Monday, July 25, 2011

Sydney Gardens, walking for pleasure in Bath

Imagine to yourself, my dear Letty, a spacious garden laid out in delightful walks, bounded with high hedges and trees, and paved with gravel; part exhibiting a wonderful assemblage of the most picturesque and striking objects, pavilions, lodges, goves, grottoes, lawns, temples and cascades; porticoes, colonnades, and rotundoes; adorned with pillars, statues, and paintings; the whole illuminated with an infinite number of lamps, disposed in different figures of sun, stars, and constellations: the place crowded with the gayest company, ranging through blissful shades, or supping in different lodges on cold collations, enlivened with mirth, freedom and good humour, and animated with an excellent band of music.

The wonderful description of a pleasure garden above was written by Tobias Smollett in his book, Adventures of Humphry Clinker. Pleasure gardens developed naturally from the custom of promenading, and in Bath the concept was taken a step further with Sydney Gardens when the traditional promenading area was combined with a scheme of houses so that the owners could look upon green spaces as if they owned the land. Thomas Baldwin, the architect to the Pulteney family who owned the estate drew up the first plans, but only one of his terrace's was completed before financial problems hit in 1793. Great Pulteney Street was completed, as were the houses in Sydney Place where Jane Austen came to live in 1801. Bath stopped at this point, the countryside stretched beyond, and a ten minute walk took you into town, much as it does today. You can see why the Austens would have chosen this end of the city. They were country people at heart, and Jane wrote of walking in the gardens and visiting the labyrinth, a maze, every day.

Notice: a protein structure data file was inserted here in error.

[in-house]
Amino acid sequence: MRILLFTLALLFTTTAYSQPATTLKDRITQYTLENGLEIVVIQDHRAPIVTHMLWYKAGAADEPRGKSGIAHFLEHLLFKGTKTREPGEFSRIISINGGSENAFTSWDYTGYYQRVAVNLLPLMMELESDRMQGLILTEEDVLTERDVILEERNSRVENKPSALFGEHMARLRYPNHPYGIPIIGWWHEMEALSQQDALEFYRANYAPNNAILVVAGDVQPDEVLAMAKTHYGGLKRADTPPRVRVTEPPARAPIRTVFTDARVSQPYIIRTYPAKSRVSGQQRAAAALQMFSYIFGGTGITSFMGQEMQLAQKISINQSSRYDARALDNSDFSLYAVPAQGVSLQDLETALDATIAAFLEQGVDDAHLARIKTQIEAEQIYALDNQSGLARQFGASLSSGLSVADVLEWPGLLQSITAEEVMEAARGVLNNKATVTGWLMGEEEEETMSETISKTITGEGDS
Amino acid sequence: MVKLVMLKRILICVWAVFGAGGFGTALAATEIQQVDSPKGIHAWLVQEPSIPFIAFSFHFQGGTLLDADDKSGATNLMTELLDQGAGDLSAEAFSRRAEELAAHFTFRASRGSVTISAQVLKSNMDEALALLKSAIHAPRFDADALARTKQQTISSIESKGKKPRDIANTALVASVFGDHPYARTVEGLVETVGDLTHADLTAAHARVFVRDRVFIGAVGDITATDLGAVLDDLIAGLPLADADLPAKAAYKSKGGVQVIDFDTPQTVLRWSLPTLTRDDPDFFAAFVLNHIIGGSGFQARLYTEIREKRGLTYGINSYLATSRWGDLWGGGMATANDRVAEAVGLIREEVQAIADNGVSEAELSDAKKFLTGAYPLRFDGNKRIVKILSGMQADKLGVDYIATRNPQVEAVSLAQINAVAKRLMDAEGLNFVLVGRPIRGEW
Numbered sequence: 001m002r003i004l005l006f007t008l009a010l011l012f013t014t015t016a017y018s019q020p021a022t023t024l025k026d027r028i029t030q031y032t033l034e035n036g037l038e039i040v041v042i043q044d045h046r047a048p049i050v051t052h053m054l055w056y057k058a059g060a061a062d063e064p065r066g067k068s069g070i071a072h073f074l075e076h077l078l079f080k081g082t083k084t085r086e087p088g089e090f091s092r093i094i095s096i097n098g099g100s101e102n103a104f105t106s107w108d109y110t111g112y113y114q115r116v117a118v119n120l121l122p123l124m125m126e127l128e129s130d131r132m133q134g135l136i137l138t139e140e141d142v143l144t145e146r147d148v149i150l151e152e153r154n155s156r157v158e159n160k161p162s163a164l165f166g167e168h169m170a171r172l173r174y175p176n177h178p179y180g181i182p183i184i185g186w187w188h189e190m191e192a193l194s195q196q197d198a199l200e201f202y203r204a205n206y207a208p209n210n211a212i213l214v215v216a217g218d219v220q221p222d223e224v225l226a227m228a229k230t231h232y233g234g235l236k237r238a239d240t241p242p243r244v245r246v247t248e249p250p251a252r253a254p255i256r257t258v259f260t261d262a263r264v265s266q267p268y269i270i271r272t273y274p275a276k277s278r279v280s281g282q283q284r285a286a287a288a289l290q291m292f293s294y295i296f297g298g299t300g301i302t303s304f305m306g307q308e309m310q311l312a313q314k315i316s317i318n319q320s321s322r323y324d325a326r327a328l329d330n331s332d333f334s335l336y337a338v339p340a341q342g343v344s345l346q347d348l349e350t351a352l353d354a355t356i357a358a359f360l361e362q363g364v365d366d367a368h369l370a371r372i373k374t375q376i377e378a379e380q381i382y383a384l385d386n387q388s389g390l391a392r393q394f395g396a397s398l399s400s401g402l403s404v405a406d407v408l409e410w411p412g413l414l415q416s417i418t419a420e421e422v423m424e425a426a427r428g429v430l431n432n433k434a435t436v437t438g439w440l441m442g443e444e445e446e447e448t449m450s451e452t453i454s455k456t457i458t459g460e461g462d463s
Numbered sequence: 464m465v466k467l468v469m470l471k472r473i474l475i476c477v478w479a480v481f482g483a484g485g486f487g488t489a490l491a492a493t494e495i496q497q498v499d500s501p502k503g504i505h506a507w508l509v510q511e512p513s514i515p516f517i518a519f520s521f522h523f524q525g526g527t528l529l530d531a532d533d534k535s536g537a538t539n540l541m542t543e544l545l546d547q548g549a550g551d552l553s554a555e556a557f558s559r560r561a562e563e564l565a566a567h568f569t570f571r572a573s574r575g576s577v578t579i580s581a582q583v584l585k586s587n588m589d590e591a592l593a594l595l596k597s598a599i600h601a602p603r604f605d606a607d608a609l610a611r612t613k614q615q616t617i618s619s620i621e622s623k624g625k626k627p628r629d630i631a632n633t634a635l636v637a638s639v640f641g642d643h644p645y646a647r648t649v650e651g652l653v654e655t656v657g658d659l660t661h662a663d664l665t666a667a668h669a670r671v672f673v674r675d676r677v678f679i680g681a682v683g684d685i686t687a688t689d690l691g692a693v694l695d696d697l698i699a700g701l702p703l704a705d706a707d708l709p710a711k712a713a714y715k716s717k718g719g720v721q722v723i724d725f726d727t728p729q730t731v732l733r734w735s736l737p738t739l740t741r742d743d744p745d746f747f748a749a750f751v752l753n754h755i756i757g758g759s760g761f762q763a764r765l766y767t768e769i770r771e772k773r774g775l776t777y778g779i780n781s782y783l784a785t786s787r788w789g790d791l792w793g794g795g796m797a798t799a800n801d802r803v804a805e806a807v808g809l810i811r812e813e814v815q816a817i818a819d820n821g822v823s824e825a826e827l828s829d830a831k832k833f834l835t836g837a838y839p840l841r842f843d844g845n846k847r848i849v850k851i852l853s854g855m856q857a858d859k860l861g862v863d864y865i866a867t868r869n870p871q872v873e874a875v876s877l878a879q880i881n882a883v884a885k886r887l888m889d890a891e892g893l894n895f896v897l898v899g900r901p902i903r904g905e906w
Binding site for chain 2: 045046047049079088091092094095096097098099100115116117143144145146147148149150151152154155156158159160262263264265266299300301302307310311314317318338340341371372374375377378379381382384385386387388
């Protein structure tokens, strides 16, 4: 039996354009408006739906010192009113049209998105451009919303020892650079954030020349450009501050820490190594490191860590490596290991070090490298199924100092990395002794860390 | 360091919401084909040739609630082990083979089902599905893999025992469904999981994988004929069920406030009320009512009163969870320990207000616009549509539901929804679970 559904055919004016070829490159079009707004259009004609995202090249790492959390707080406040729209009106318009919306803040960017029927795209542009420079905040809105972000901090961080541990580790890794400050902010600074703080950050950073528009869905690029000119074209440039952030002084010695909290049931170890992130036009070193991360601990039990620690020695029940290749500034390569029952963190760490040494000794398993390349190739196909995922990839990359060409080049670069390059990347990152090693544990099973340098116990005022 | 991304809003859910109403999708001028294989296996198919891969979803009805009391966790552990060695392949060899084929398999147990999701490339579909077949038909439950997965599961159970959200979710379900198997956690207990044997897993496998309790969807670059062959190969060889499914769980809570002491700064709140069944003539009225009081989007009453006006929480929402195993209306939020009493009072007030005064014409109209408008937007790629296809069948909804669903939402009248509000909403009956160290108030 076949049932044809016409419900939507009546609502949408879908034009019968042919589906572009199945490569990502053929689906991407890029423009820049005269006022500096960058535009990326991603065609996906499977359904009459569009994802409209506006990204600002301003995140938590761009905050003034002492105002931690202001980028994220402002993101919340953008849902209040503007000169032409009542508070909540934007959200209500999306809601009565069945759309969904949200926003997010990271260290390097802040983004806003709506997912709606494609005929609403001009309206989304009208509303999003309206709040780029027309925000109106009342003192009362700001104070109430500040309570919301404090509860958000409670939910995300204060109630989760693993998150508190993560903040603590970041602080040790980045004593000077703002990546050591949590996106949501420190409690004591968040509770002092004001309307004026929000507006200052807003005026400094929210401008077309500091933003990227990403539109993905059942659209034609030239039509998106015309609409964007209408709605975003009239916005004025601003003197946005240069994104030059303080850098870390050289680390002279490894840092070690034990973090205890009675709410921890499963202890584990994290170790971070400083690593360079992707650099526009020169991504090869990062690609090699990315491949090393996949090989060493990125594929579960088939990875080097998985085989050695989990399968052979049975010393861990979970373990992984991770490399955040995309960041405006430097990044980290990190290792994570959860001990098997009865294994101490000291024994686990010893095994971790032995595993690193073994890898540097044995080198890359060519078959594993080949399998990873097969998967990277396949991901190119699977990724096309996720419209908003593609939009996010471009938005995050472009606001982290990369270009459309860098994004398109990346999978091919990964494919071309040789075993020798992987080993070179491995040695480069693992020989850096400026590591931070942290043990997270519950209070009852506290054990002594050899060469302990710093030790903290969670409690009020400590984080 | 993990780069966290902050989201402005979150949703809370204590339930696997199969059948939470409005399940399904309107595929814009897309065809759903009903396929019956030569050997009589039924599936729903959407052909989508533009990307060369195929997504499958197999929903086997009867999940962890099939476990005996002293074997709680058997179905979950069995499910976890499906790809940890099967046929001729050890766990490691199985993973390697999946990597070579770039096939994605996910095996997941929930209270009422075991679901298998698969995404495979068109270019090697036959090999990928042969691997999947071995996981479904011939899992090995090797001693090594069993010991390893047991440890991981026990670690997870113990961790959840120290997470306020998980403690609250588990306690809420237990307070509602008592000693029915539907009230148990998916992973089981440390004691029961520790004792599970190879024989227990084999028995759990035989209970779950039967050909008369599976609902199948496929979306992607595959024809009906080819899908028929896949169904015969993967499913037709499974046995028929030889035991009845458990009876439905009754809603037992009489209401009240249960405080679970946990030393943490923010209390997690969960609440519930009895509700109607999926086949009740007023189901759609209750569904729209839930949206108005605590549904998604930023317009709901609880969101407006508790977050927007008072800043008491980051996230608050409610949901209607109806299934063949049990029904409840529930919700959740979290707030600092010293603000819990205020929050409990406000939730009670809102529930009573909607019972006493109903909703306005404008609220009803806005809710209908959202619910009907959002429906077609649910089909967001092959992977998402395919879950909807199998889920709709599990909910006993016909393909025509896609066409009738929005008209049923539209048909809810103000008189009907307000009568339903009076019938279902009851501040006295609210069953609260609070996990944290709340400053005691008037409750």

Constance Hill wrote about the interior of number 4, Sydney Place a hundred years after Jane had left.
We sat in the pretty drawing-room with its three tall windows overlooking the Gardens. The morning sun was streaming in at these windows and falling upon the quaint empire furniture which pleasantly suggests the Austen's sojourn there. The house is roomy and commodious. Beneath the drawing-room, which is on the first floor, are the dining-room and arched hall from which a passage leads to a garden at the back of the house. The large old-fashioned kitchen, with its shining copper pans and its dresser laden with fine old china, looked as if it had remained untouched since the Austens' day.


A silver token was issued to each shareholder as a free pass into the pleasure garden, and you can see the coin featured what we know as the Holburne Museum today. Back then the museum was a hotel and tavern at various different stages, and sitting (as it still does) at the end of Great Pulteney Street made a fabulous focal point at the end of this classically inspired vista. The museum has recently undergone extensive re-modelling, and the new exhibitions inside are wonderful. There is a lovely cafe at the back where you can enjoy some refreshment, inside and out, and you can get a sense of what it must have been like to attend 'public breakfasts' in Jane Austen's day.